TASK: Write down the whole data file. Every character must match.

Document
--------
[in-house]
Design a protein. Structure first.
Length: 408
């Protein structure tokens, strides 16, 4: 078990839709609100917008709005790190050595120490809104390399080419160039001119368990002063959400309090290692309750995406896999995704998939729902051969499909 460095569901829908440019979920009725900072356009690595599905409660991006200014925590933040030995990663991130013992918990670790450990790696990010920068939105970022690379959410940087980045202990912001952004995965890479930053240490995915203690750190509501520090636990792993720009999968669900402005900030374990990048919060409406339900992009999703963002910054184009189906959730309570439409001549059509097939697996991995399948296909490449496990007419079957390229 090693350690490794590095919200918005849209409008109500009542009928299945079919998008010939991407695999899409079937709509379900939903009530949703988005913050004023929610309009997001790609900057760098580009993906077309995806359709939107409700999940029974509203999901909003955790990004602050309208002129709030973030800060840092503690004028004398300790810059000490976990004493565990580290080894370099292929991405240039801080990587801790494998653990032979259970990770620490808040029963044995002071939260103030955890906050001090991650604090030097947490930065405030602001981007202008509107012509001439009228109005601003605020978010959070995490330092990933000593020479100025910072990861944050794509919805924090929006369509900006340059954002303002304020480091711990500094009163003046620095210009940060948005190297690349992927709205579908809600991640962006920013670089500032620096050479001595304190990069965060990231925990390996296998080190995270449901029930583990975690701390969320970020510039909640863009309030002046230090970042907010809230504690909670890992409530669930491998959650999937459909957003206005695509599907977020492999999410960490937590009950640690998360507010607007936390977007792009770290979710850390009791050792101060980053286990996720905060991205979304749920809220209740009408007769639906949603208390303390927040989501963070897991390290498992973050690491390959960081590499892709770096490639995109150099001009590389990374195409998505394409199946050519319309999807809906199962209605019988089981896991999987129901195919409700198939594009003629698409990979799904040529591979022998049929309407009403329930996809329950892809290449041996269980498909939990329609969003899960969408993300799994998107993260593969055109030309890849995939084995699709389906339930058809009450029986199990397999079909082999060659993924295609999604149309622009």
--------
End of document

[in-house]
Design a protein. Structure first.
Length: 408
């Protein structure tokens, strides 16, 4: 078990839709609100917008709005790190050595120490809104390399080419160039001119368990002063959400309090290692309750995406896999995704998939729902051969499909 460095569901829908440019979920009725900072356009690595599905409660991006200014925590933040030995990663991130013992918990670790450990790696990010920068939105970022690379959410940087980045202990912001952004995965890479930053240490995915203690750190509501520090636990792993720009999968669900402005900030374990990048919060409406339900992009999703963002910054184009189906959730309570439409001549059509097939697996991995399948296909490449496990007419079957390229 090693350690490794590095919200918005849209409008109500009542009928299945079919998008010939991407695999899409079937709509379900939903009530949703988005913050004023929610309009997001790609900057760098580009993906077309995806359709939107409700999940029974509203999901909003955790990004602050309208002129709030973030800060840092503690004028004398300790810059000490976990004493565990580290080894370099292929991405240039801080990587801790494998653990032979259970990770620490808040029963044995002071939260103030955890906050001090991650604090030097947490930065405030602001981007202008509107012509001439009228109005601003605020978010959070995490330092990933000593020479100025910072990861944050794509919805924090929006369509900006340059954002303002304020480091711990500094009163003046620095210009940060948005190297690349992927709205579908809600991640962006920013670089500032620096050479001595304190990069965060990231925990390996296998080190995270449901029930583990975690701390969320970020510039909640863009309030002046230090970042907010809230504690909670890992409530669930491998959650999937459909957003206005695509599907977020492999999410960490937590009950640690998360507010607007936390977007792009770290979710850390009791050792101060980053286990996720905060991205979304749920809220209740009408007769639906949603208390303390927040989501963070897991390290498992973050690491390959960081590499892709770096490639995109150099001009590389990374195409998505394409199946050519319309999807809906199962209605019988089981896991999987129901195919409700198939594009003629698409990979799904040529591979022998049929309407009403329930996809329950892809290449041996269980498909939990329609969003899960969408993300799994998107993260593969055109030309890849995939084995699709389906339930058809009450029986199990397999079909082999060659993924295609999604149309622009």